Christmas is a tale of two seasons for many people. It’s called the most wonderful time of the year for a good reason. The harsh realities of long winters are redeemed as early darkness becomes a blank canvas for Christmas lights, and bitter cold is endured by warming our hands with mugs of fresh hot chocolate topped by marshmallow pillows. Christmas gives families a chance to create traditions like Egg McMuffin and stockings on Christmas morning or massive meals and midnight gift exchanges. On top of all that, Christmas offers some of the best and most popular music. The Christmas season brings plenty of good things.

Yet, we feel exhausted, bitter, and broke at the end of December. The rush of jumping from one event to another, the pressure of buying the perfect gift, and the disappointment of not getting the gift we wanted wears on us. The cherry on top realizes that a new year is just around the corner, and life hasn’t changed. We sense Christmas is over, back to the real world now. I often finish December in need of a vacation.

When the calendar flips to December or even earlier for some, the Christmas rush begins, and we go like a running back barreling over the goal line through the season. How can people caught in the rush learn to enjoy and not just endure Christmas? We can orient our Christmas around the coming of Jesus Christ into the world.

Looking to Christ

Churches blow the dust off the old hymnals every year to sing classic carols. These songs remind us that we all have a God-given longing only Christ can fulfill. Jesus is the “desire of every nation, Joy of every longing heart” (Come Thou Long Expected Jesus).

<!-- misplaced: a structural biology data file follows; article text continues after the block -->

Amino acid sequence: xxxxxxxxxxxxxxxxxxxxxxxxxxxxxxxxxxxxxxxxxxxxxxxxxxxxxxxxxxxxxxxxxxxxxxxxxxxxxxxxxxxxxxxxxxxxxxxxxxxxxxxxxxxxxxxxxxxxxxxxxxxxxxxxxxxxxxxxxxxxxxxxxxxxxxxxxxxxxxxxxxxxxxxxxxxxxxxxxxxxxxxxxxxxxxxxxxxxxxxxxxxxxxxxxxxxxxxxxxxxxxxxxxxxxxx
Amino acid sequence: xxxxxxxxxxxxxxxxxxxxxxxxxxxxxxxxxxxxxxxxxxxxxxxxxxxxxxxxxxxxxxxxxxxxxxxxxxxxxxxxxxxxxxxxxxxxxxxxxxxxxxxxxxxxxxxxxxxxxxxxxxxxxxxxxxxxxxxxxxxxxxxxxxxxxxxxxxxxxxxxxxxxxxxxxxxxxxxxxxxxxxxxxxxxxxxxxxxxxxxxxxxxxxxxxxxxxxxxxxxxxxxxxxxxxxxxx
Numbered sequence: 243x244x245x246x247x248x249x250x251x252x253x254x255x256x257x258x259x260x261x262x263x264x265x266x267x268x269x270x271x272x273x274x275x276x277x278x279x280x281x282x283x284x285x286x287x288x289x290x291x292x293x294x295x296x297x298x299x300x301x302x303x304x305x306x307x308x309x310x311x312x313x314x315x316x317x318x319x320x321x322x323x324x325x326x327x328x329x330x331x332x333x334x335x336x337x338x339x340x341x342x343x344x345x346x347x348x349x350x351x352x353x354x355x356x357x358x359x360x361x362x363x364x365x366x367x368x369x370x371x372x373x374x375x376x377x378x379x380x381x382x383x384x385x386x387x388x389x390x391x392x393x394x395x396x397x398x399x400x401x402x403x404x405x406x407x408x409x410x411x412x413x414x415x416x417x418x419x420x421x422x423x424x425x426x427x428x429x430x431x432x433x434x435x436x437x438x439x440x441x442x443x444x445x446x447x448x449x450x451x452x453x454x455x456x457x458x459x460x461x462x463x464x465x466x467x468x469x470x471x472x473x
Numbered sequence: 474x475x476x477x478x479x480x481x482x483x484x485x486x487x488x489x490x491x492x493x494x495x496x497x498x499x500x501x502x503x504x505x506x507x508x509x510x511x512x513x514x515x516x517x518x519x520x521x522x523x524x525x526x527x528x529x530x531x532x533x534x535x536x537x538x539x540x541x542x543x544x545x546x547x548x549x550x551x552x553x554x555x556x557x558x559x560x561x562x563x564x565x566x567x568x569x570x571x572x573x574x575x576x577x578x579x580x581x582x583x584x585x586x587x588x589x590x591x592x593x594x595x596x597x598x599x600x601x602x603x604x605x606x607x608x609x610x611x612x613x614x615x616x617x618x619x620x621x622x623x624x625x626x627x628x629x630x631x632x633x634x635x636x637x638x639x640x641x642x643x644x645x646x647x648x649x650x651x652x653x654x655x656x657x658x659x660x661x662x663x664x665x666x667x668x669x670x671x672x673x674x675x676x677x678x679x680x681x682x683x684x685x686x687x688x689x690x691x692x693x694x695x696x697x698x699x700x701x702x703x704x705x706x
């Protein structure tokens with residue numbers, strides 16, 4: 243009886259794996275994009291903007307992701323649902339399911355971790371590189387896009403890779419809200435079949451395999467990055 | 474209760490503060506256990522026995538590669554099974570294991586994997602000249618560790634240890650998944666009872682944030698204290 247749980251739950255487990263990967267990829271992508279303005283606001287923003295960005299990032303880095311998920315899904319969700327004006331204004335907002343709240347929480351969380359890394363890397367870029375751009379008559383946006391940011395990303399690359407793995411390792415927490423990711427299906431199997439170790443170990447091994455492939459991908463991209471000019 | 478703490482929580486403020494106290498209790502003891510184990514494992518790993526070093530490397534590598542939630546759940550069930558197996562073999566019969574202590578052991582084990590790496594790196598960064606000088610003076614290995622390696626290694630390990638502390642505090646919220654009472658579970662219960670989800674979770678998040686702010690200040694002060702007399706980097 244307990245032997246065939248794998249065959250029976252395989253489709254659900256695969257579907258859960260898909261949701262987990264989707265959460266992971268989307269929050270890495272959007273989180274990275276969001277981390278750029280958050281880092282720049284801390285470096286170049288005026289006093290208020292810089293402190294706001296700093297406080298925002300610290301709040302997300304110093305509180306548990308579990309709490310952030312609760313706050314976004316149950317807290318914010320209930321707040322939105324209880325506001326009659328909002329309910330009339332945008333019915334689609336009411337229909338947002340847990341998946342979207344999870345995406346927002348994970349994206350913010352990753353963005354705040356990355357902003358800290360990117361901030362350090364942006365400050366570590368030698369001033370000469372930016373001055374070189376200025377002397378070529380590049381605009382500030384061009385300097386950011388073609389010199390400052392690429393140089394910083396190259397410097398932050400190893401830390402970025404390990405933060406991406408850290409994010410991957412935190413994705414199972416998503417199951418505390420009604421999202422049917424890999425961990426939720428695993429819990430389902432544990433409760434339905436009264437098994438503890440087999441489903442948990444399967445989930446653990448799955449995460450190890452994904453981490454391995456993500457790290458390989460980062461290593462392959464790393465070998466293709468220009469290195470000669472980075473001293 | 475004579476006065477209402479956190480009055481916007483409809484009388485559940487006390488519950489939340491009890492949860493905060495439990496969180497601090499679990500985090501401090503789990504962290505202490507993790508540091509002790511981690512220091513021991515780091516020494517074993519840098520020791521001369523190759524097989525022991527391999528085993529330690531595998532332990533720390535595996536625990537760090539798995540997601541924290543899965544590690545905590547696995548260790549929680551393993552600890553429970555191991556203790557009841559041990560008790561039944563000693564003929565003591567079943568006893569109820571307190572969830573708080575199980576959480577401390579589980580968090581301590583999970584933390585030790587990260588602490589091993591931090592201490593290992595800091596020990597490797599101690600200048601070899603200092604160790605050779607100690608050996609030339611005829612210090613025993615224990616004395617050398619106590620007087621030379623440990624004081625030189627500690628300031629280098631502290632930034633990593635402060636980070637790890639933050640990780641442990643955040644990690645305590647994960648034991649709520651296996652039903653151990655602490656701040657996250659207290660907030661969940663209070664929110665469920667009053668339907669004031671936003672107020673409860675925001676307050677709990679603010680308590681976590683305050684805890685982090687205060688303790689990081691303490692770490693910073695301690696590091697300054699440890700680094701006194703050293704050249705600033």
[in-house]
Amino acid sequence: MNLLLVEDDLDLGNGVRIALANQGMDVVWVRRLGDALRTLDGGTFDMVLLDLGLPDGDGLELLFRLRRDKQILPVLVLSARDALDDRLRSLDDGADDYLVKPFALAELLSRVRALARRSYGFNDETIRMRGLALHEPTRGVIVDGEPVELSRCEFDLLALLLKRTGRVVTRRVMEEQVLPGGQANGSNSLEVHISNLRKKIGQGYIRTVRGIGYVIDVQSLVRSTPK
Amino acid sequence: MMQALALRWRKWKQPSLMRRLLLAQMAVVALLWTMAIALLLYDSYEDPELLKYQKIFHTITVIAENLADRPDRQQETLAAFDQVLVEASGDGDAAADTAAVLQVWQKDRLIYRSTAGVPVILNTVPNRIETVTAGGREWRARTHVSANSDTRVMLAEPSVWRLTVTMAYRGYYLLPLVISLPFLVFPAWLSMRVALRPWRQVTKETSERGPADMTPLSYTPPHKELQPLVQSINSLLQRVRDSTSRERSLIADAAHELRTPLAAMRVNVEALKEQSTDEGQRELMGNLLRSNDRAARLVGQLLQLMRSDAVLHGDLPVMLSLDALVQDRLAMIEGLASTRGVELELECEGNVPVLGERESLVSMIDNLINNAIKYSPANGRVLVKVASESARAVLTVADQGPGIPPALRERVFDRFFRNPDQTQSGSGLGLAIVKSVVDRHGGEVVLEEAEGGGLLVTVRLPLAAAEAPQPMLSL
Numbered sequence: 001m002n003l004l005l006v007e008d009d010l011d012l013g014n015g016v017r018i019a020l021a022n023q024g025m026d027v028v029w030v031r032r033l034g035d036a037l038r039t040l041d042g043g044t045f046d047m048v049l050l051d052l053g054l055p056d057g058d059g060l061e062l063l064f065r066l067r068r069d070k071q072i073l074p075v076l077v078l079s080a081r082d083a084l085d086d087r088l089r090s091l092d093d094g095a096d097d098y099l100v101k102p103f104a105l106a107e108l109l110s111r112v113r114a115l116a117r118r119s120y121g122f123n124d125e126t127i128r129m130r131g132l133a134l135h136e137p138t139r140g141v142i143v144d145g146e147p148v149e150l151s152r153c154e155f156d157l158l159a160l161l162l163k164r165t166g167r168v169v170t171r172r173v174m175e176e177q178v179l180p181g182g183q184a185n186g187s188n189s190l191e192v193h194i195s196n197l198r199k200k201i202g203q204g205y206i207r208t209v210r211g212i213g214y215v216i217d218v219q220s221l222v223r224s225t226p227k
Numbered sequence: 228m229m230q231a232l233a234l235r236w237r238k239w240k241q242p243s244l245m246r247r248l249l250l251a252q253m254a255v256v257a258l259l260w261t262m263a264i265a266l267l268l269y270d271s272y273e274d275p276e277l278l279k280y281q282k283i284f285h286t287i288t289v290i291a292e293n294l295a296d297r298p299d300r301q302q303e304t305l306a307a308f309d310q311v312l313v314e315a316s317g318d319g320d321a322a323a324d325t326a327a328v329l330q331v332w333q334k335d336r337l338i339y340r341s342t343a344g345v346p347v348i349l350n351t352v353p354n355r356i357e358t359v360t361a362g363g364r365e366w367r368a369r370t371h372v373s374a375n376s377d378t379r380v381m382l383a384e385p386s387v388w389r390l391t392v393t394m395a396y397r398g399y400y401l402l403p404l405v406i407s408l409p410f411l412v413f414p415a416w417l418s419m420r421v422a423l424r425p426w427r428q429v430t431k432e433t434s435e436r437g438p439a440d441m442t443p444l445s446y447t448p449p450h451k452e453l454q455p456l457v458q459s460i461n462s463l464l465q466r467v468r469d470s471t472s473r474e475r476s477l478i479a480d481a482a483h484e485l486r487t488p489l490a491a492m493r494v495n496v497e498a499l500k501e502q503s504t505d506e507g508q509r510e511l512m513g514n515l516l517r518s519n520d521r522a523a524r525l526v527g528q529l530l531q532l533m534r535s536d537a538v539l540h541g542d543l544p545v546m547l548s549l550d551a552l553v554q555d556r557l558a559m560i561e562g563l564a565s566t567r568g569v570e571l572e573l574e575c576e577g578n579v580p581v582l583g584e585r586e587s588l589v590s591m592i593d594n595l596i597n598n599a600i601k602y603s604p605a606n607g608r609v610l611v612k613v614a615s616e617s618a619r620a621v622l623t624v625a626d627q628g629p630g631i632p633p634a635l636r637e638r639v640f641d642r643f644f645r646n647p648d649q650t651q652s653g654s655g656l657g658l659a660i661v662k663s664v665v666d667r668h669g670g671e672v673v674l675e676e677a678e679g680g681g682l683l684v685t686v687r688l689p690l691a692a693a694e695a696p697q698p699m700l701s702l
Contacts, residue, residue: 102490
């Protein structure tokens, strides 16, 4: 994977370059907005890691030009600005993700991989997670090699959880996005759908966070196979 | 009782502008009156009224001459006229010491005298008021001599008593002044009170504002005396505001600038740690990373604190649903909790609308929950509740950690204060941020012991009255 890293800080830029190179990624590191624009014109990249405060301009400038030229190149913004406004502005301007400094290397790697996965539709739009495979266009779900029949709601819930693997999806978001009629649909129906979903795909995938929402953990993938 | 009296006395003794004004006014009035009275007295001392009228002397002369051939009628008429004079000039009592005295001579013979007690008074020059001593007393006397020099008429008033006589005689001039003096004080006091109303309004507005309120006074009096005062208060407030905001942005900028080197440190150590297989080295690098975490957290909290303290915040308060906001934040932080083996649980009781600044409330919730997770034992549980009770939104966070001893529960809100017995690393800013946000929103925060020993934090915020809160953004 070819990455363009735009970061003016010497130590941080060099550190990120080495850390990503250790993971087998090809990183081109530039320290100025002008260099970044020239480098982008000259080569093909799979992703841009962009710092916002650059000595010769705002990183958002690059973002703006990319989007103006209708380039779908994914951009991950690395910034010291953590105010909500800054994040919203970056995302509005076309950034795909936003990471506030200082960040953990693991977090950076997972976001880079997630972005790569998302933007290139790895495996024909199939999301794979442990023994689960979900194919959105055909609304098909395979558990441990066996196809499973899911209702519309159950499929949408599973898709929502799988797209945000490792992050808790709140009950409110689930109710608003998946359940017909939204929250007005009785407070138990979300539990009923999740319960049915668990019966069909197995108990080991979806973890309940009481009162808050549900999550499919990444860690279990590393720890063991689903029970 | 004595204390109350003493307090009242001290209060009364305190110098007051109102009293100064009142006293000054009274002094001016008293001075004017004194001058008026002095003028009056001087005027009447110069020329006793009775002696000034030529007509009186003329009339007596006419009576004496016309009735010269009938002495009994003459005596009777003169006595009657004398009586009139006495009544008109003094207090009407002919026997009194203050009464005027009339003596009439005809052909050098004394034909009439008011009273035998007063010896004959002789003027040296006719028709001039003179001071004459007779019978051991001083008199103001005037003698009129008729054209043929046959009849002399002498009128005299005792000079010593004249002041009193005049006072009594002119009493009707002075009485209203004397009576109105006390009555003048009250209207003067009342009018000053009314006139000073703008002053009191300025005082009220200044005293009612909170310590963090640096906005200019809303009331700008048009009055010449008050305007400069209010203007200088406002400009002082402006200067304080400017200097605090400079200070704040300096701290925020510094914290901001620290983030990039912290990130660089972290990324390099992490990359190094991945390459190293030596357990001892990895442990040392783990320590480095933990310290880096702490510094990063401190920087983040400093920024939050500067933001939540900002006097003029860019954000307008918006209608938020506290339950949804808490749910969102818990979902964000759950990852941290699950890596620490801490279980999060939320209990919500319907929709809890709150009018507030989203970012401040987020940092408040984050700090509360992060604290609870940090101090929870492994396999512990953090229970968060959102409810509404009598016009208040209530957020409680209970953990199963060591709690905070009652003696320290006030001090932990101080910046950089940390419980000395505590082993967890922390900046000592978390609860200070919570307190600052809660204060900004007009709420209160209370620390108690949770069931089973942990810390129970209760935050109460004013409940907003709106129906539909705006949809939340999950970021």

Luke tells us of an old man named Simeon. He was a devout man and, Luke tells us, longed for the consolation of Israel. The Holy Spirit revealed “that he would not see death before he had seen the Lord’s Christ” and he waited eagerly for God to fulfill his promise (Lk 2:25-26). God promised Simeon he would see the gift that would satisfy his deepest longing. Imagine how anxious he would be, day after day, going to the Temple, wondering when he would see Christ. His heart would not have peace until he saw what God had promised. One day Simeon came to the temple, as he always did, but on this day the wait was over. This was the day he met Jesus. Taking Jesus in his arms, he praises God, saying, “Lord, now you are letting your servant depart in peace, according to your word; for my eyes have seen your salvation” (Luke 2:29-30). The deepest longing of his heart was now satisfied. Simeon’s waiting heart could now rest because he had seen the promise of God fulfilled in the face of Jesus Christ.

Rest from the Rush

When the Christmas season orbits around Jesus, like Simeon, we can gaze into his face, take him in our arms, and praise God that he has given us peace. We are free to rest in Christ and not drown in the holiday rush because we receive all that we ever longed for in Christ. Sinners receive salvation, the weary find rest, and the starving receive never-ending bread and water (1 Tim 1:15, Matt 11:28-30, & John 6:35). When Christmas orbits around Christ, we are free to enjoy all that the season offers because we do not depend on those things to do what only Jesus can do.

We can put up lights, invite friends over for hot chocolate, or celebrate with large turkey dinners, or we can grab a blanket and a book and read on our couch. Since we have all, we need in Christ, we are free to say yes or no to all the trimmings of the season. The avalanche does not bury us. In Christ, we are free from the rush and free to enjoy the entire Christmas season.

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